Recipient of no-bid IT contracts fails to meet deadline on Kansas tax processing system (The Topeka Capital-Journal)

The company awarded no-bid technology contracts by the Kansas Department of Revenue amid a push to privatize government operations failed in October to deliver functional software for processing tax returns and prompted the state to rely on existing older technology, the new department secretary said Tuesday.

The wisdom of decisions by former Secretary of Revenue Sam Williams to sign a pair of 10-year contracts valued at $110 million with CGI Technologies has been debated by lawmakers for months. CGI’s inability to deliver this system to handle tax returns wasn’t publicly revealed until Democratic Gov. Laura Kelly’s revenue secretary told the House Appropriations Committee during a Capitol hearing.

“We’re sort of at a crossroads with this project,” said Mark Beshears, interim secretary of the state Department of Revenue. “That was to go live Oct. 1. It has not gone live yet. We were getting into a position of risk with this filing season.”

Beshears, who replaced Williams after Kelly was sworn into office, said CGI was instructed by the department to step aside and the agency returned to pre-CGI systems for handling 2018 state income tax returns. He said CGI executives requested the opportunity to test the tax software until August.

Rep. Troy Waymaster, the Bunker Hill Republican who chairs the House budget committee, asked Beshears the obvious question.

“So, they defaulted on their contract by not having it operating?” he said.

Beshears said CGI wasn’t living up to obligations of a contract for handling of Kansas income tax returns. The secretary said the state would need to decide whether to maintain faith in the giant technology company or take steps to sever the business relationship.

Waymaster asked whether financial claw-back provisions were included in contracts that could be invoked against CGI, and the revenue secretary said it was “a great question.”

The state government has paid CGI $22.5 million for software and maintenance fees, Beshears said. In fiscal 2017, the state revenue department under Gov. Sam Brownback signed a $61.3 million deal with CGI to upgrade delinquent tax collection and compliance systems. The Brownback administration entered a $48.9 million contract last year with CGI for a system to process and post taxpayer returns.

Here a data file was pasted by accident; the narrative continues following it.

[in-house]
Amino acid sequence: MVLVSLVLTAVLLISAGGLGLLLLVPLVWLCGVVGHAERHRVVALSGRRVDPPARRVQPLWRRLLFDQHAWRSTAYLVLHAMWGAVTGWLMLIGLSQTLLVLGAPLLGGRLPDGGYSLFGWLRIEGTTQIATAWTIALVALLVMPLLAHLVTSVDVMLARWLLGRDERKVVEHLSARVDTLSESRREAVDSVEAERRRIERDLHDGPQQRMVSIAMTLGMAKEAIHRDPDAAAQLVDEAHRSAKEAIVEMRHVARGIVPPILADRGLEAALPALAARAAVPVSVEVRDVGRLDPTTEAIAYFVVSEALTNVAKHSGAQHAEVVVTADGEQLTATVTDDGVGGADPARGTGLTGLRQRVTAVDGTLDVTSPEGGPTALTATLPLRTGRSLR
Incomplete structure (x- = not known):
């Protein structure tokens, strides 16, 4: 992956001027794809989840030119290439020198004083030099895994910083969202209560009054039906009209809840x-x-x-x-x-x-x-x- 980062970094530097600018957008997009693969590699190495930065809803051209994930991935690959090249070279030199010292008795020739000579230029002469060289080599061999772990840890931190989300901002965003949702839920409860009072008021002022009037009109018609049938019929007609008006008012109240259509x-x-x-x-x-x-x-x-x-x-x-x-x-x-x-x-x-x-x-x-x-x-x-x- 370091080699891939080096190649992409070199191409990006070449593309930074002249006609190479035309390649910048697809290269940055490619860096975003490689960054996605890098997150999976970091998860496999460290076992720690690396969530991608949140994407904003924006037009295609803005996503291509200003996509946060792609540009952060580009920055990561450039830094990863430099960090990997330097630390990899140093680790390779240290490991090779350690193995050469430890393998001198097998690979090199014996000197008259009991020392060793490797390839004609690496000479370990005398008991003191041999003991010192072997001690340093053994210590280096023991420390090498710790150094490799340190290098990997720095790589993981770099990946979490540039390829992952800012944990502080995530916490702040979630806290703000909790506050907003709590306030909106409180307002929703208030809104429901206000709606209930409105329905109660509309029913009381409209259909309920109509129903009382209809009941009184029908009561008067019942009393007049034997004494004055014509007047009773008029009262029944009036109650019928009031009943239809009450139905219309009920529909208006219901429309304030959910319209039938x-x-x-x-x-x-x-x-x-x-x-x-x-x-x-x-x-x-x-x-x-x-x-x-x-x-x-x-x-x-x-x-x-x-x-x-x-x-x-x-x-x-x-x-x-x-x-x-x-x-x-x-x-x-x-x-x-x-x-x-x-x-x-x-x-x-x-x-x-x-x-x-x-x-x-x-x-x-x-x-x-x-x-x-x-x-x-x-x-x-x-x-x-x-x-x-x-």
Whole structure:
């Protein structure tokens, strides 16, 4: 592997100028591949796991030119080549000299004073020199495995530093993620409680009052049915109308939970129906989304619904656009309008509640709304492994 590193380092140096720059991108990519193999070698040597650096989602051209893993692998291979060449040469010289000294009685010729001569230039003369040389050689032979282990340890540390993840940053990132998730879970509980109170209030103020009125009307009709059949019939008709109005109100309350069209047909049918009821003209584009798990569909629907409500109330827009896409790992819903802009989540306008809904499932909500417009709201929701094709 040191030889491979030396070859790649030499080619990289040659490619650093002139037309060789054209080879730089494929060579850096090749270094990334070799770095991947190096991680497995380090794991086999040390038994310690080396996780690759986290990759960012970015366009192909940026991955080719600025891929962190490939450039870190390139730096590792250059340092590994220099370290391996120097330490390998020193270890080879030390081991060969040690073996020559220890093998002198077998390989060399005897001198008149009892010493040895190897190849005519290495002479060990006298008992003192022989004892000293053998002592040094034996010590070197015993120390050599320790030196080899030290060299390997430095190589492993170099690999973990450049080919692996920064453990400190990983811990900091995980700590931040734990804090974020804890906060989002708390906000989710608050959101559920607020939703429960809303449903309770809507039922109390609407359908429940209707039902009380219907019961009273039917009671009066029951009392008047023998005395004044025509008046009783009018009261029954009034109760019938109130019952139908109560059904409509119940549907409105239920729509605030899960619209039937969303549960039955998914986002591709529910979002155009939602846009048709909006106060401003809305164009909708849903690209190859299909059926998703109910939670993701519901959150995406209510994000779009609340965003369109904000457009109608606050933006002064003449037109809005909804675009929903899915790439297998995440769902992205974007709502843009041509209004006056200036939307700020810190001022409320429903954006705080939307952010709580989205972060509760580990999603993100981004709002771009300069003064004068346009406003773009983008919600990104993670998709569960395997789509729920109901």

Rep. Barbara Ballard, a Lawrence Democrat on the House budget panel, said the Kelly administration inherited an information technology challenge resulting from the previous administration’s decision to outsource IT upgrades.

“Is this where the attorney general steps in?” Ballard said. “All we know is it’s not been fulfilled and it’s not working. ‘How do we handle this?’ is the question.”

Beshears said the Department of Revenue’s desire to improve technology for managing tax collections and returns was warranted because some “legacy” computer systems had been kept afloat by state employees. He said analysis of other work by CGI wasn’t completed or was viewed as satisfactory.

The CGI contracts gained attention last May when Williams decided to outsource IT work and eliminate dozens of agency jobs. He defended the no-bid deal with CGI because the agency had worked with the company previously.

“Starting from scratch and building a completely new system would have cost taxpayers significantly more,” Williams said.

Senate Minority Leader Anthony Hensley, D-Topeka, said Brownback expanded reliance on no-bid contracts after taking office in 2011, relying on that sole-source approach more than 1,000 times. The value of no-bid state contracts stood at $160 million in 2013, a state audit said, and grew to $428 million by 2018.

“They wanted to dole out contracts to their political cronies,” Hensley said. “The no-bid contracts should have never happened. If you have an expenditure of over $100 million, it should have been competitively bid.”

In December, the Legislature’s joint information technology committee discussed the possibility of legislation requiring state agencies to disclose details about pending IT contracts.

This article was originally published on The Topeka Capital-Journal website, here.